On rocky ground: The science of soil and wine taste

图片版权:Andrew Jefford
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I should be jumping for joy. For years I’ve taught, researched and generally enthused about geology and its importance, and now my subject is making headlines in the world of wine.

‘Soil, not grapes, is the latest must-know when choosing a wine,’ Bloomberg tells me, for example. So why am I not full of joy? Well, because as a scientist I have to follow the evidence, and this leads me to query this new pre-eminence of vineyard geology.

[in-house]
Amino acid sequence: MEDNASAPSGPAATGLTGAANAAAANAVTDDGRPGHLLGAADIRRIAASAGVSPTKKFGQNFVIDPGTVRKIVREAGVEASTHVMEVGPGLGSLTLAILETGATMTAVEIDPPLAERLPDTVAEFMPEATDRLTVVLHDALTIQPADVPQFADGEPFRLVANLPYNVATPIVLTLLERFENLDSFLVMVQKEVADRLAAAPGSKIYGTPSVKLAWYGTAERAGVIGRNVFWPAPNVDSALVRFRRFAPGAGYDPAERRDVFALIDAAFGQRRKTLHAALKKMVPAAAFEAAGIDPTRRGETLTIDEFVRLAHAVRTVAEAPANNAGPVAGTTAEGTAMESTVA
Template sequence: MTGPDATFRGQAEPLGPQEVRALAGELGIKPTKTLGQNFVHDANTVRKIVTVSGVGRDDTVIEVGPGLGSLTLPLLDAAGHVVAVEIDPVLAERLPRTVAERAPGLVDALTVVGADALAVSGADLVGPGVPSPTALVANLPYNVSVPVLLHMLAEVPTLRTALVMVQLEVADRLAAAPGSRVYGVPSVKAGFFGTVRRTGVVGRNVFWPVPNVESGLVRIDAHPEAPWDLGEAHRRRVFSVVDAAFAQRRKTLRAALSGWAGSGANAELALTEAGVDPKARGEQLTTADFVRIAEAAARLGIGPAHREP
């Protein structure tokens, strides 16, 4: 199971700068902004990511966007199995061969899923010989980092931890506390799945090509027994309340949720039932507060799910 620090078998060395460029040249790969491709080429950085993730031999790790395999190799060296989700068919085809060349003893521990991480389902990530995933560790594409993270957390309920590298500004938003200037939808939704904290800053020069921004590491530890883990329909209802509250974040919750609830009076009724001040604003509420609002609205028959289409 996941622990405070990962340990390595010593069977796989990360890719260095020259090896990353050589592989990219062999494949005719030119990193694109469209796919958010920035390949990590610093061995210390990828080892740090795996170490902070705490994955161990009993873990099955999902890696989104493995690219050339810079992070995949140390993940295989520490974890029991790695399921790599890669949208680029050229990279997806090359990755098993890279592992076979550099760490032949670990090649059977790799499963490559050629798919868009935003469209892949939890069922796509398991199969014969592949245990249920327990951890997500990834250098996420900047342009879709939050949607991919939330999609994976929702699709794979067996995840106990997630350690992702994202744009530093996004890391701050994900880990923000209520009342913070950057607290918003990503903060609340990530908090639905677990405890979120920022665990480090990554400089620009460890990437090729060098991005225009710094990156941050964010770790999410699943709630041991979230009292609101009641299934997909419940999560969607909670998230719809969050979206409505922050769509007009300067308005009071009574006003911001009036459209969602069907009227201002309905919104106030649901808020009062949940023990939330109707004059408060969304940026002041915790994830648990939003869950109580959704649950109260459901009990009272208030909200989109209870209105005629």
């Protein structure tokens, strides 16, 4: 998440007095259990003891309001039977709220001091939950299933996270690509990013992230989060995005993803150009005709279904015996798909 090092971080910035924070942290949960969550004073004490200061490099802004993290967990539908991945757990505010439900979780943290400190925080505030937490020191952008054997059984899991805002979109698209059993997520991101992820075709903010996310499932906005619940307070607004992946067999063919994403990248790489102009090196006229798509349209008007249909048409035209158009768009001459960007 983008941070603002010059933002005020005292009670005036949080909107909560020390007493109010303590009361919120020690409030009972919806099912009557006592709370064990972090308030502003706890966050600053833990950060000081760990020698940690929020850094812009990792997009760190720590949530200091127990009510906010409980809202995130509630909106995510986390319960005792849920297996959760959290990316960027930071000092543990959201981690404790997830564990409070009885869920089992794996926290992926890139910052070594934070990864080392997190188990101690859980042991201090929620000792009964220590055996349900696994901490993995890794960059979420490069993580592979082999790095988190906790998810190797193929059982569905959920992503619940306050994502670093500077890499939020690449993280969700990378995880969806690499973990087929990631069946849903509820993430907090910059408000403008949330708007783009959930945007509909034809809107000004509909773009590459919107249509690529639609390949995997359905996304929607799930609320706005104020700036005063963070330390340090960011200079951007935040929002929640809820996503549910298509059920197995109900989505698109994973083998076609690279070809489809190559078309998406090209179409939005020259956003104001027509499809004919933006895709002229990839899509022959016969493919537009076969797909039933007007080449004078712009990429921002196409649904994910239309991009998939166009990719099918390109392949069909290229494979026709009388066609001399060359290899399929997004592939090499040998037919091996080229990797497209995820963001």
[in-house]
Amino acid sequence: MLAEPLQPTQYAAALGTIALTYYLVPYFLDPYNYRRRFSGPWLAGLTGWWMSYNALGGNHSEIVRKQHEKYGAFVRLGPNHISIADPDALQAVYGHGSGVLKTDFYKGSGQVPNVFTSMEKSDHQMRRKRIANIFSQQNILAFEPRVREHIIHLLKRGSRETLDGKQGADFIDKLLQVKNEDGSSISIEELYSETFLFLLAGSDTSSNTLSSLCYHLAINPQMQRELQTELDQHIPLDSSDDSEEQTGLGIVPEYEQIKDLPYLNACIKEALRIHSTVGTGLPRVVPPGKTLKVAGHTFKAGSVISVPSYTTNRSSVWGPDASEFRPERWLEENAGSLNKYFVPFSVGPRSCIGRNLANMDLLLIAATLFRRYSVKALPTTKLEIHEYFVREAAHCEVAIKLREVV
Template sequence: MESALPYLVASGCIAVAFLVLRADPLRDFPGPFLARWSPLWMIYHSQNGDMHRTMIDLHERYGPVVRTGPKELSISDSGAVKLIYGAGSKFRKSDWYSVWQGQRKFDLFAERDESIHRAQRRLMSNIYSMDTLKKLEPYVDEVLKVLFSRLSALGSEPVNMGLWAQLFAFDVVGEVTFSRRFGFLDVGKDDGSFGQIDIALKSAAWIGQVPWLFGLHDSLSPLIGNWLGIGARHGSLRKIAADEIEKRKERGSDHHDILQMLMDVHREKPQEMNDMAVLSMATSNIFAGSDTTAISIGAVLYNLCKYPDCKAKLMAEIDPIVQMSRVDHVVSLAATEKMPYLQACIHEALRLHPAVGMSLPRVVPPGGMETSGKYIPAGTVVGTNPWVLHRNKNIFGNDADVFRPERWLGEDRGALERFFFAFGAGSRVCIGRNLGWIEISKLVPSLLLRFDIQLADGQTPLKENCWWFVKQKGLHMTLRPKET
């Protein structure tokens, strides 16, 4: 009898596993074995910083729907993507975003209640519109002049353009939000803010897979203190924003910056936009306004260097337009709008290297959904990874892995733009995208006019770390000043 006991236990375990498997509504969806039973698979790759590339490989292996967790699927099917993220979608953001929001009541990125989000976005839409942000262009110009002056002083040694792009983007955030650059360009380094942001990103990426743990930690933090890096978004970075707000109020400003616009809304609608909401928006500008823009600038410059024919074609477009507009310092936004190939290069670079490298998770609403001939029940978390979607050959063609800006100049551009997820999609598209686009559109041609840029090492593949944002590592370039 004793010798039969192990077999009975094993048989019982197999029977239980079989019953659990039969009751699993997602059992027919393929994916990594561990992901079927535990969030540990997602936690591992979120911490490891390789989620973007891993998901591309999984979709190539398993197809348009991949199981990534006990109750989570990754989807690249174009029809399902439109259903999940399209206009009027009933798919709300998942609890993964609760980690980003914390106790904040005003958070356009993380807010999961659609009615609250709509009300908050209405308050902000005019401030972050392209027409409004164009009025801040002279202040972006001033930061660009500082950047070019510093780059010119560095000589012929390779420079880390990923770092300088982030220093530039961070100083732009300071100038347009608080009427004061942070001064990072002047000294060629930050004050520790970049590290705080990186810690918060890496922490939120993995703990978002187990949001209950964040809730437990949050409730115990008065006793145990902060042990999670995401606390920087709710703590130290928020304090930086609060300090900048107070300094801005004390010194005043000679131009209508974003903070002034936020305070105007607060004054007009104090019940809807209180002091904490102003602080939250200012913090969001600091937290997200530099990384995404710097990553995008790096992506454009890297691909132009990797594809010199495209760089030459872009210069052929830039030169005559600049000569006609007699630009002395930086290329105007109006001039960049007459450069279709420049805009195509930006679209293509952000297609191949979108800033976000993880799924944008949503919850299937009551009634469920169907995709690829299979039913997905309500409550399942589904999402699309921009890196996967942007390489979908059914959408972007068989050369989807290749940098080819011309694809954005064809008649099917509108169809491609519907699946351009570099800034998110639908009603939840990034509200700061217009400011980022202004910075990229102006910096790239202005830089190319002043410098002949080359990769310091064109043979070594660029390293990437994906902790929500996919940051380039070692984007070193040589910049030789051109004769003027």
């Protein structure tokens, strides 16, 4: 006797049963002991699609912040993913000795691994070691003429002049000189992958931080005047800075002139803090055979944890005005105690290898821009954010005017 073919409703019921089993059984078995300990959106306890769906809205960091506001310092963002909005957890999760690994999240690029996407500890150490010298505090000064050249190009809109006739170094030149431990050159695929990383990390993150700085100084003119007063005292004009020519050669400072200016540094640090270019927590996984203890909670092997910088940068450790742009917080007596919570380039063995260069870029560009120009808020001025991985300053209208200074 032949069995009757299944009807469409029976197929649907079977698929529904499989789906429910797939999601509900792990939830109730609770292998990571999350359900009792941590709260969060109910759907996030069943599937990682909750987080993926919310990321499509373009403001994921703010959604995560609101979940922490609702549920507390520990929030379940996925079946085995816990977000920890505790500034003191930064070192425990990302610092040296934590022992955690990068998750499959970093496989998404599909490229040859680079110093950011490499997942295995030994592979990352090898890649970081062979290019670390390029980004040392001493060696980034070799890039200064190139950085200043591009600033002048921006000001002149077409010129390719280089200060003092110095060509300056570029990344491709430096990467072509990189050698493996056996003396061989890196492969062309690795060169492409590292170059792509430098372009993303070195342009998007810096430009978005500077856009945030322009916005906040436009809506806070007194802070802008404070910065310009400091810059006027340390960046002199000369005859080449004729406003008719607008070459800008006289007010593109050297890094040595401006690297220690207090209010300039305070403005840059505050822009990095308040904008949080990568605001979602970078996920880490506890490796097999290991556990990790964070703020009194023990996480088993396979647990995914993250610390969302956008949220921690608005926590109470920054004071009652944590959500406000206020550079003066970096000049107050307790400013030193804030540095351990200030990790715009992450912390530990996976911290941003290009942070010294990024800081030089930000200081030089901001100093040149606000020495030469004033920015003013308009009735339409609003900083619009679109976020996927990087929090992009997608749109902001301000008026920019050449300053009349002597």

Of course, a link between wine and the land has long been treasured as something special. It even survived the discovery of photosynthesis – that vines and wine are not made from matter drawn from the ground but almost wholly of carbon, oxygen and hydrogen, abstracted from water and the air.

The rocks and soils in which the vines grow are certainly still part of the scientific picture, but this pre-eminent role is something new.

Today there are restaurants with wine lists organised not by grape, wine style or country of origin, but by vineyard geology.

Translated by ICY

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